Spiculosis in Kerry Blue Terriers

Every year the Foundation receives many calls and emails asking about ?hard, black, kinda looks like whiskers? hairs growing in different areas of their
dogs.

The most common answer is: These are probably ?Spicules? that are more commonly found in males than females. Spicules are ?very dense and hard strands
of hair that are very thick and spiky in both texture and size.? This condition is called Spiculosis which are also known as ?rose thorns, bristles,
and spikes. There is rumor that some Kerry Blue lines are more prevalent in producing dogs with spicules. Currently it is felt that Kerry?s with a
more stiff coat will develop this condition while those that have the more ?breed standard of soft, dense, and wavy coat are not as likely to develop
spicules.  Spicules are normally found on the face around the normal whiskers, the neck where the coat changes directions, the tail especially
around the apocrine gland, elbows, hocks and since we are talking dogs here they can be virtually any where on the dog?s body.

Most owners will find these spikes during normal grooming. If you are a seasoned owner or comfortable groomer, you would pull these spicules out by hand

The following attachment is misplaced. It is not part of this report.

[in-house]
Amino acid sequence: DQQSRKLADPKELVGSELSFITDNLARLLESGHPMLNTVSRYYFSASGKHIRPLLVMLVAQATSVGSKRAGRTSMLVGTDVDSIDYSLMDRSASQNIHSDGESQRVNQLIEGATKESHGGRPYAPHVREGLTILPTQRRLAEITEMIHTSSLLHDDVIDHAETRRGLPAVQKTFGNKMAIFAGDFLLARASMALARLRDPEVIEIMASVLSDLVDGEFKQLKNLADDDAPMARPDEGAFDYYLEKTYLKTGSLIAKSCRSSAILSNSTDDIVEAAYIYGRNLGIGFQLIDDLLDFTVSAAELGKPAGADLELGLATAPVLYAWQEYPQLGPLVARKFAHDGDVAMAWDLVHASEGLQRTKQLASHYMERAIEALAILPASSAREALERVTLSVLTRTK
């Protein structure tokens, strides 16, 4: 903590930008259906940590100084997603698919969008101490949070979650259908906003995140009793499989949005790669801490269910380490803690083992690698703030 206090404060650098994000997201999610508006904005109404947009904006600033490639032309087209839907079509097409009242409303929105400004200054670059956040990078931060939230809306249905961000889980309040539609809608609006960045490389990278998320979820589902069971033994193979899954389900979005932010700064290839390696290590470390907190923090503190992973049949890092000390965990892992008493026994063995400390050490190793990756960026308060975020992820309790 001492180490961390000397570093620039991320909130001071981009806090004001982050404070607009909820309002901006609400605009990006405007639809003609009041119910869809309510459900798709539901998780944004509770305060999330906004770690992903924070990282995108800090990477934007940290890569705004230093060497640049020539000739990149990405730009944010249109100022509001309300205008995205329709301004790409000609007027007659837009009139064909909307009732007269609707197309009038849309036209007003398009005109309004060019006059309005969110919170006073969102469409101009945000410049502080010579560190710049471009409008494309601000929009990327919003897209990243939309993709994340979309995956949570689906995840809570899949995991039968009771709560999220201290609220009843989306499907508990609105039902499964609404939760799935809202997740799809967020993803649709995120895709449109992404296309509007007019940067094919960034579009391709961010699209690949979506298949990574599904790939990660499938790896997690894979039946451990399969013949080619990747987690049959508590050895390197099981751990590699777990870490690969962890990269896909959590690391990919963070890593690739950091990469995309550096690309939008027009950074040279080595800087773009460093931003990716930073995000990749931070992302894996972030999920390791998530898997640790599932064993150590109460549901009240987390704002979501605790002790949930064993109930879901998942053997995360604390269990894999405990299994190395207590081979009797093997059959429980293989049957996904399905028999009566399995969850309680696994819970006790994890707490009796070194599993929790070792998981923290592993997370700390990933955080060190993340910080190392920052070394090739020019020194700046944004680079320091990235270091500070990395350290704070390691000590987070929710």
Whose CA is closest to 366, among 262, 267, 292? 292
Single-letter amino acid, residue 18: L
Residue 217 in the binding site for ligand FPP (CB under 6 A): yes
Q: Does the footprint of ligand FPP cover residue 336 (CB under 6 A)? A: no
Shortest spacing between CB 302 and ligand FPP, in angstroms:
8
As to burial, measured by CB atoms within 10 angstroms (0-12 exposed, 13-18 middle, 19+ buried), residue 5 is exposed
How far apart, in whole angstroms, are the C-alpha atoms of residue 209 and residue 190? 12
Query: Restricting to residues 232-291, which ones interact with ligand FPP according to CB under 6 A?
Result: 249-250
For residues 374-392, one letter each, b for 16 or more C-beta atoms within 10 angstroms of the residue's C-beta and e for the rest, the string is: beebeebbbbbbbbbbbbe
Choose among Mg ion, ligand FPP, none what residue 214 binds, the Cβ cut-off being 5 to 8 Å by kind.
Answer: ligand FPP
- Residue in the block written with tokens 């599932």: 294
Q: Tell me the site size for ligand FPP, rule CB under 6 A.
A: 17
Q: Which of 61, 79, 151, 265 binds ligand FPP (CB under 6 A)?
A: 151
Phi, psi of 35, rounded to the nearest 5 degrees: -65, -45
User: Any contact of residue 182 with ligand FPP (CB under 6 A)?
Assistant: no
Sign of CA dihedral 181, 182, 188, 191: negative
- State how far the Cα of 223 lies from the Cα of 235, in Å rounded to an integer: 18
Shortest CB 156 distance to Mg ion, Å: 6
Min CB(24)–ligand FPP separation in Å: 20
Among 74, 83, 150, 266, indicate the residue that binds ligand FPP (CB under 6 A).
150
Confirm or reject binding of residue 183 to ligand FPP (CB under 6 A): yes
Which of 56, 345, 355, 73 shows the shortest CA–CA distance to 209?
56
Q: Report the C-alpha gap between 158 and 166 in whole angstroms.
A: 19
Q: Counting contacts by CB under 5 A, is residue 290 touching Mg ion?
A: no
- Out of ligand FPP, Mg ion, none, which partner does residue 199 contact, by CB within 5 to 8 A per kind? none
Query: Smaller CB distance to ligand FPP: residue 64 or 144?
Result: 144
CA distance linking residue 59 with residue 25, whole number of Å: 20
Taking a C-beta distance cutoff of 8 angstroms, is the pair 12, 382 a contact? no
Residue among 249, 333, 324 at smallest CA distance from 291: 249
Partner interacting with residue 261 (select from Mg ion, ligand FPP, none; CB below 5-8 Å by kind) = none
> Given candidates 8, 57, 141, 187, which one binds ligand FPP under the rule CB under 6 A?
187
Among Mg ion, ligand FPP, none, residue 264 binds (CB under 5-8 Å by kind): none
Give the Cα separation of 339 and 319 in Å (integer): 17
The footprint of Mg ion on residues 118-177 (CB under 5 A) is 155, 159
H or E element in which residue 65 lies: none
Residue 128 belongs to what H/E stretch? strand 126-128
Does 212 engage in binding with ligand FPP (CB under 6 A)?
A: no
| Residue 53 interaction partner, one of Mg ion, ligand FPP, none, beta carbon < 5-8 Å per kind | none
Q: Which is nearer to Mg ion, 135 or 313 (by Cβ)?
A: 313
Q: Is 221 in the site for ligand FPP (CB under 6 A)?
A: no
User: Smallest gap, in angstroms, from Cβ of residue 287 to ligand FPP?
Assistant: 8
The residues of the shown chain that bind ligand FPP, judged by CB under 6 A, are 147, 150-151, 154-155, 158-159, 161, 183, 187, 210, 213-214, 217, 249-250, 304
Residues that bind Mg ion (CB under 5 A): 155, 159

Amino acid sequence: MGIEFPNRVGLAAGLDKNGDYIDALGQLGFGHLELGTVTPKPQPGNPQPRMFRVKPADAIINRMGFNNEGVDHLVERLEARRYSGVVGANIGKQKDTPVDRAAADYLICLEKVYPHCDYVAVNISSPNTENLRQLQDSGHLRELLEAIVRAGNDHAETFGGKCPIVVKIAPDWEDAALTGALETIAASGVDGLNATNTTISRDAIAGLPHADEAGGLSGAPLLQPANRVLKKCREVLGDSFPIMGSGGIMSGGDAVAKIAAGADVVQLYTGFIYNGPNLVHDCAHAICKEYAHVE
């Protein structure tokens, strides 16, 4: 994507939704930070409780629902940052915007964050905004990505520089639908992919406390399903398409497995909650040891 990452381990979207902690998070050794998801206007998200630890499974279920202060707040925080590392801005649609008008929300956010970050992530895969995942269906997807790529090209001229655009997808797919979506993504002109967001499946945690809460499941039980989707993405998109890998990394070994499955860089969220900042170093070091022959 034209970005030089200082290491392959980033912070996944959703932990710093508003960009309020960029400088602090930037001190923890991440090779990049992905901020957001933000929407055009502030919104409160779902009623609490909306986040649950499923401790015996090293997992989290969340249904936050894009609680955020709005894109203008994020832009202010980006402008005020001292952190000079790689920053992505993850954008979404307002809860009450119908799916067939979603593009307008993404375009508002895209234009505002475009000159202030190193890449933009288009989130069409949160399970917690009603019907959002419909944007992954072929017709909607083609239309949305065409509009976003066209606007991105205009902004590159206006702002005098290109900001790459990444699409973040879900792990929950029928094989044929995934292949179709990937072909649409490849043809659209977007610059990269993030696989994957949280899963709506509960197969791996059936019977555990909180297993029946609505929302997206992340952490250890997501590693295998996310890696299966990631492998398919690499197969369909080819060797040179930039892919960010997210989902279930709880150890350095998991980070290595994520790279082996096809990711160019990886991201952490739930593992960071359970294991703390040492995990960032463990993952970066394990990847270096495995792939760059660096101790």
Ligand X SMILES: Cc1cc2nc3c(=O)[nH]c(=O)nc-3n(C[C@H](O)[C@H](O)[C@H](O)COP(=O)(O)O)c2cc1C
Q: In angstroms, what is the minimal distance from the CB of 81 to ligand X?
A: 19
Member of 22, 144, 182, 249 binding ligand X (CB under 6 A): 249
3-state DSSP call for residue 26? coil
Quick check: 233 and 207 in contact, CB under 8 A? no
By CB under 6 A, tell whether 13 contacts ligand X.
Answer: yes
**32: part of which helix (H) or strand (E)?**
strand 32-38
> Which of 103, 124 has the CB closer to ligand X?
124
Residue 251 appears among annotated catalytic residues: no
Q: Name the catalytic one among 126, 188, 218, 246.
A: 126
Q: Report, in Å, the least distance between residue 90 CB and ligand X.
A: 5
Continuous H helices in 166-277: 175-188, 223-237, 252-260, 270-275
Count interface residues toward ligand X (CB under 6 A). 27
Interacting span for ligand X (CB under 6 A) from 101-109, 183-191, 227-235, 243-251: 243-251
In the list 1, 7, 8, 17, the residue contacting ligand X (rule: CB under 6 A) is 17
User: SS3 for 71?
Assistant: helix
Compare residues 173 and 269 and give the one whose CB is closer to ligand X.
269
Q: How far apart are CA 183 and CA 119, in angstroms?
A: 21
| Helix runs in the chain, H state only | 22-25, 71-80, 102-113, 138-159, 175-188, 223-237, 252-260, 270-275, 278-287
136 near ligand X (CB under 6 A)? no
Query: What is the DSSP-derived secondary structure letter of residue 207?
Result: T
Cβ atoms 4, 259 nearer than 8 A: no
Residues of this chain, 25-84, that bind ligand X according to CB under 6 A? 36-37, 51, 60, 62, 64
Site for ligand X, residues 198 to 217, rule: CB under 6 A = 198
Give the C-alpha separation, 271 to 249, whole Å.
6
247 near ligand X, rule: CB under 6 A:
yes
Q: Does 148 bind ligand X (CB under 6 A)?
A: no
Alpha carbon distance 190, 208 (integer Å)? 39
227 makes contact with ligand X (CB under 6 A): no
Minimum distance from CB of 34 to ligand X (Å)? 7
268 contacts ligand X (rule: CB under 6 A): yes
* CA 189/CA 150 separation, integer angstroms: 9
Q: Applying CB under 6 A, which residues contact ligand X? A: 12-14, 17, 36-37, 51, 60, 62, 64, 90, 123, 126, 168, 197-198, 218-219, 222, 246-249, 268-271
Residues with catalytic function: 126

or tweezers and move on to the next grooming phase. In some cases, the spicules will not easily come out and may have become infected at the root ball
and has basically become impacted in the skin causing it to be too painful for the dog to pull out. If you discover it is indeed infected, it may well
be very painful just in the movement of the hair when petting the dog or when brushing. Normal body movements may give you an indication that the dog
has a spicule as they sometimes grow between the toes or even in the area between the pads of the foot. If the hair breaks off in an area such as the
foot it will continue to fester as the infection worsens and a trip to the vet will be needed.

Since there is no way to prevent these thick hairs or even knowing who will get them, observation and removal must be done as soon as they are noted. If
antibiotics aren?t effective and breakage occurs, surgery may be indicated to prevent further problems. Regular grooming and plucking of these thick
hair shafts will maintain proper skin and a healthy coat.

Some information was taken from: www.terrificpets.com

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